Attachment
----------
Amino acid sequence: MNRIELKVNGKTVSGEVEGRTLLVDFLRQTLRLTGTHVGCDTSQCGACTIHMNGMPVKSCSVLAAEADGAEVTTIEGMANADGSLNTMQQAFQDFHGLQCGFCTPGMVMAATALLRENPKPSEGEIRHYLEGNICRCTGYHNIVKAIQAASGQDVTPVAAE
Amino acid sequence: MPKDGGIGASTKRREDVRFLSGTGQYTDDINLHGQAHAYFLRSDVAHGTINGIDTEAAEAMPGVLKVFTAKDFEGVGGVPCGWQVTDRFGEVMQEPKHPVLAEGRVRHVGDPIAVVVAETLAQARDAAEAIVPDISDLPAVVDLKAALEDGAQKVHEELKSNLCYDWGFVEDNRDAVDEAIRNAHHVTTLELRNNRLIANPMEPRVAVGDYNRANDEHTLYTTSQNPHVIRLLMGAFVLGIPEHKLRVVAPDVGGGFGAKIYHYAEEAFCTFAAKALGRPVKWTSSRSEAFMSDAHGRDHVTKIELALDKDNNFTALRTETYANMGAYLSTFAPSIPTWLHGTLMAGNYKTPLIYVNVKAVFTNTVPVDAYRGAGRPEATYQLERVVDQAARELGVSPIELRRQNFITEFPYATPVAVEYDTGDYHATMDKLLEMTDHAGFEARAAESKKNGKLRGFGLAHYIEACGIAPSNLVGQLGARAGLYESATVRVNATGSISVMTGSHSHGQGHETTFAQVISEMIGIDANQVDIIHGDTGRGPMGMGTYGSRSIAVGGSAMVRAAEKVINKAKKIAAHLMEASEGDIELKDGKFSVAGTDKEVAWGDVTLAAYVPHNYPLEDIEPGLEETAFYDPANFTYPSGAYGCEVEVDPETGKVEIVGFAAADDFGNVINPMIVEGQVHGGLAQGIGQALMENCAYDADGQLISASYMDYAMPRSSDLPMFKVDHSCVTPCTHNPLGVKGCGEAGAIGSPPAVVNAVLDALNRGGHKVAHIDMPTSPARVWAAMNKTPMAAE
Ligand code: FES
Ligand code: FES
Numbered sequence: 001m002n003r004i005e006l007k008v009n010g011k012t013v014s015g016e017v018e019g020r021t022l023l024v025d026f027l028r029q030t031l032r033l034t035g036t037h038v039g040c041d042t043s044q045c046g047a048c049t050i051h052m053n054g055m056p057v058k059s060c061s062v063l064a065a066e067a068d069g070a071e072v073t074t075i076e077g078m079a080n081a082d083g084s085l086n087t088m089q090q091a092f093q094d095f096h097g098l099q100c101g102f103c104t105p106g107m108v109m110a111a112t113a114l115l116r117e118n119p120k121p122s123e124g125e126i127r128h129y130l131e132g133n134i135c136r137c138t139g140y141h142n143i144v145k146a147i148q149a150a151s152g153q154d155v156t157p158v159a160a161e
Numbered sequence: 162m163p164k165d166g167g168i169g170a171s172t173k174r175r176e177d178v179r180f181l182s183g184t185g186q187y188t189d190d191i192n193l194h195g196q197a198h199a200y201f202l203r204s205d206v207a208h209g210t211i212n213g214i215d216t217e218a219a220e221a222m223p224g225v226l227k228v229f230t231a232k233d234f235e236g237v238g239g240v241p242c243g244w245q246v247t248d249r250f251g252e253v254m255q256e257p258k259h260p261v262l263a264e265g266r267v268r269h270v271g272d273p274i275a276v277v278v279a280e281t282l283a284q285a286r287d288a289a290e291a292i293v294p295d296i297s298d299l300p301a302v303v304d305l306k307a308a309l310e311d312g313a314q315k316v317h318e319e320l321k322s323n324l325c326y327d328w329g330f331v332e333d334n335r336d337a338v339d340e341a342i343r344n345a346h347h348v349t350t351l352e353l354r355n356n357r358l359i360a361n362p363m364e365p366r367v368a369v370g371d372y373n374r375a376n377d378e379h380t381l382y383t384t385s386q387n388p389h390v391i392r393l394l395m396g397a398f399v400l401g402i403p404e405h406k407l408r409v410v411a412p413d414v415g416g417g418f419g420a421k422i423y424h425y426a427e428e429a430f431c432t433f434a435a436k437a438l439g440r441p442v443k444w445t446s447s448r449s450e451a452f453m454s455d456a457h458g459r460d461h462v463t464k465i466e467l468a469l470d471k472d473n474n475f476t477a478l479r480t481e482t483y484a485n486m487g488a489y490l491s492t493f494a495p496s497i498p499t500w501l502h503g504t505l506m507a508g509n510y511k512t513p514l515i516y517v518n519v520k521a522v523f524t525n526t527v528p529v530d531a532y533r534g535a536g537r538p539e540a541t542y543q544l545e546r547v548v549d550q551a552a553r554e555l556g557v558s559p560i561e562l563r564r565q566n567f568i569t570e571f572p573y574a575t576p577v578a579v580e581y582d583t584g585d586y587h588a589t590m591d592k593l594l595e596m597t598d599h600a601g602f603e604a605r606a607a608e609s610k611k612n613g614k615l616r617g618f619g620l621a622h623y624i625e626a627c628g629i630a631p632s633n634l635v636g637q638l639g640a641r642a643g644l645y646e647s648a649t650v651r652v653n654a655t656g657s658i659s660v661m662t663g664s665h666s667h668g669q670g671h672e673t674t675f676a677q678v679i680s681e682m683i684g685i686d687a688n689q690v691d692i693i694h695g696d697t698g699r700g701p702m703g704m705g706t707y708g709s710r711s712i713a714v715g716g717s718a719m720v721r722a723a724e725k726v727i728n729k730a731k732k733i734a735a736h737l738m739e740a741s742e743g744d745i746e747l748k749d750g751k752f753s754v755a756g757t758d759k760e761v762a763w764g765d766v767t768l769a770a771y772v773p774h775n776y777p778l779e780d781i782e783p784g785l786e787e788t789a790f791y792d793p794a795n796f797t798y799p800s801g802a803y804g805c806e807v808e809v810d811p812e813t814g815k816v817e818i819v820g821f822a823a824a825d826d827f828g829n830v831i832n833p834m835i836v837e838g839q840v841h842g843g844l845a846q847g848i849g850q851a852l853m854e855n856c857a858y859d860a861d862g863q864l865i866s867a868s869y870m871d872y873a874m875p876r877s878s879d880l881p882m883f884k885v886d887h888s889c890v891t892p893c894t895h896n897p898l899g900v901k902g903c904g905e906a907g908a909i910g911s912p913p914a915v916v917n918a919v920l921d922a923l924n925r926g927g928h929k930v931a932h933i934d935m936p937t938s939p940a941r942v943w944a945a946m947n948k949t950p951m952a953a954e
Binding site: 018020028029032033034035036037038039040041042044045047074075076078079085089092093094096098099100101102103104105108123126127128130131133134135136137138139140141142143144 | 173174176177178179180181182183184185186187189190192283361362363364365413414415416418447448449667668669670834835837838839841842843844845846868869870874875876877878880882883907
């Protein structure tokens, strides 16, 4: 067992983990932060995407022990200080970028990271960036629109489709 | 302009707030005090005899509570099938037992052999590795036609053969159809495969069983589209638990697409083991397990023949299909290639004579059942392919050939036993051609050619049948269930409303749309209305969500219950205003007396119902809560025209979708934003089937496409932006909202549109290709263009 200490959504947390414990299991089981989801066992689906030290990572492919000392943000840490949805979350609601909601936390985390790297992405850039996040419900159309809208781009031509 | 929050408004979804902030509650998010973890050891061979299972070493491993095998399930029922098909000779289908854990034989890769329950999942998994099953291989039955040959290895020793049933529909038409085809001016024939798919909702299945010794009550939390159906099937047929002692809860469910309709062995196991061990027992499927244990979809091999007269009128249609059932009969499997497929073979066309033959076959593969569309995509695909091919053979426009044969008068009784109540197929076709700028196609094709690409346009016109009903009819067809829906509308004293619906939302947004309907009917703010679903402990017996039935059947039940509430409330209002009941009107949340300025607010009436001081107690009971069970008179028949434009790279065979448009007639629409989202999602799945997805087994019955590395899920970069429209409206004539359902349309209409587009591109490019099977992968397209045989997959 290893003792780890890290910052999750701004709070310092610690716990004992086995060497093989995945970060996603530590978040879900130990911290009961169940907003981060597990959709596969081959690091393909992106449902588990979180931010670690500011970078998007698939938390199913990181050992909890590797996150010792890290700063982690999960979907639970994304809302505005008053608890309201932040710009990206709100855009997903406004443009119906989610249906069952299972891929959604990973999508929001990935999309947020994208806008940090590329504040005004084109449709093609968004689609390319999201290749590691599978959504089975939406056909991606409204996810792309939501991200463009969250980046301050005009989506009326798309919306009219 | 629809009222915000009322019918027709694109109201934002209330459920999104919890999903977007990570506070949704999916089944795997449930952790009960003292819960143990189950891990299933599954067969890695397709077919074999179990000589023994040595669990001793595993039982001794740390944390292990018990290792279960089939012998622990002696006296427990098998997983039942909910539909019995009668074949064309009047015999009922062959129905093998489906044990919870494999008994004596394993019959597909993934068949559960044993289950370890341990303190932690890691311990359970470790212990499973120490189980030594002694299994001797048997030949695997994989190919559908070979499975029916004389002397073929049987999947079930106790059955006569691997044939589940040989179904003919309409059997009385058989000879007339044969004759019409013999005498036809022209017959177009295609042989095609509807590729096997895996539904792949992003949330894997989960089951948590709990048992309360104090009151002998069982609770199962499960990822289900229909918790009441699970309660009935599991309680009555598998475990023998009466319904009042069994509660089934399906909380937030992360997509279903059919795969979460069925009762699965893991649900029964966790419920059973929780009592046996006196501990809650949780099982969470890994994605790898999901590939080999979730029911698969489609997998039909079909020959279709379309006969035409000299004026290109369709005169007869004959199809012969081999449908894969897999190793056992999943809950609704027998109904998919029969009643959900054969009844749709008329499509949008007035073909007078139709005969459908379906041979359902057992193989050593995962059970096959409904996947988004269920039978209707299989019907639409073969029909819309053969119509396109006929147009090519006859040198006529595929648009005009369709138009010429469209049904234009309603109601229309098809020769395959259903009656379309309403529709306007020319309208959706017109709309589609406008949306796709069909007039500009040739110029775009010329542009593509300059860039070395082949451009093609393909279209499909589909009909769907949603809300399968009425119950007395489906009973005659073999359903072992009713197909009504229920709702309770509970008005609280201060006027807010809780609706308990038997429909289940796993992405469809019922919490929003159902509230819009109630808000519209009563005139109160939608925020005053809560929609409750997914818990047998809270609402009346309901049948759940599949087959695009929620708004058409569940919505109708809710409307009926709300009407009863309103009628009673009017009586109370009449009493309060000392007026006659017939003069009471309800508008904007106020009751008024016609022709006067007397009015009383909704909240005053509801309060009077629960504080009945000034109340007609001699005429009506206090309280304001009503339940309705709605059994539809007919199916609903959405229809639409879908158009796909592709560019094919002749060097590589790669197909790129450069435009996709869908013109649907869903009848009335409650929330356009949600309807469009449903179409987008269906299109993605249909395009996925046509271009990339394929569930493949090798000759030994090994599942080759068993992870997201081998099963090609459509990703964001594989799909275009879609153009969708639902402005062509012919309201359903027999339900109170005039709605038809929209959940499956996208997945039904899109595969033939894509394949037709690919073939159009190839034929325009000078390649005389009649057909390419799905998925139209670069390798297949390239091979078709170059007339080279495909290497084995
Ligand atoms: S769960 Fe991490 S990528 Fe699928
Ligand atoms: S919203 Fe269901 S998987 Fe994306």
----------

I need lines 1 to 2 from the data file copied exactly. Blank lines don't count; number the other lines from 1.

Amino acid sequence: MNRIELKVNGKTVSGEVEGRTLLVDFLRQTLRLTGTHVGCDTSQCGACTIHMNGMPVKSCSVLAAEADGAEVTTIEGMANADGSLNTMQQAFQDFHGLQCGFCTPGMVMAATALLRENPKPSEGEIRHYLEGNICRCTGYHNIVKAIQAASGQDVTPVAAE
Amino acid sequence: MPKDGGIGASTKRREDVRFLSGTGQYTDDINLHGQAHAYFLRSDVAHGTINGIDTEAAEAMPGVLKVFTAKDFEGVGGVPCGWQVTDRFGEVMQEPKHPVLAEGRVRHVGDPIAVVVAETLAQARDAAEAIVPDISDLPAVVDLKAALEDGAQKVHEELKSNLCYDWGFVEDNRDAVDEAIRNAHHVTTLELRNNRLIANPMEPRVAVGDYNRANDEHTLYTTSQNPHVIRLLMGAFVLGIPEHKLRVVAPDVGGGFGAKIYHYAEEAFCTFAAKALGRPVKWTSSRSEAFMSDAHGRDHVTKIELALDKDNNFTALRTETYANMGAYLSTFAPSIPTWLHGTLMAGNYKTPLIYVNVKAVFTNTVPVDAYRGAGRPEATYQLERVVDQAARELGVSPIELRRQNFITEFPYATPVAVEYDTGDYHATMDKLLEMTDHAGFEARAAESKKNGKLRGFGLAHYIEACGIAPSNLVGQLGARAGLYESATVRVNATGSISVMTGSHSHGQGHETTFAQVISEMIGIDANQVDIIHGDTGRGPMGMGTYGSRSIAVGGSAMVRAAEKVINKAKKIAAHLMEASEGDIELKDGKFSVAGTDKEVAWGDVTLAAYVPHNYPLEDIEPGLEETAFYDPANFTYPSGAYGCEVEVDPETGKVEIVGFAAADDFGNVINPMIVEGQVHGGLAQGIGQALMENCAYDADGQLISASYMDYAMPRSSDLPMFKVDHSCVTPCTHNPLGVKGCGEAGAIGSPPAVVNAVLDALNRGGHKVAHIDMPTSPARVWAAMNKTPMAAE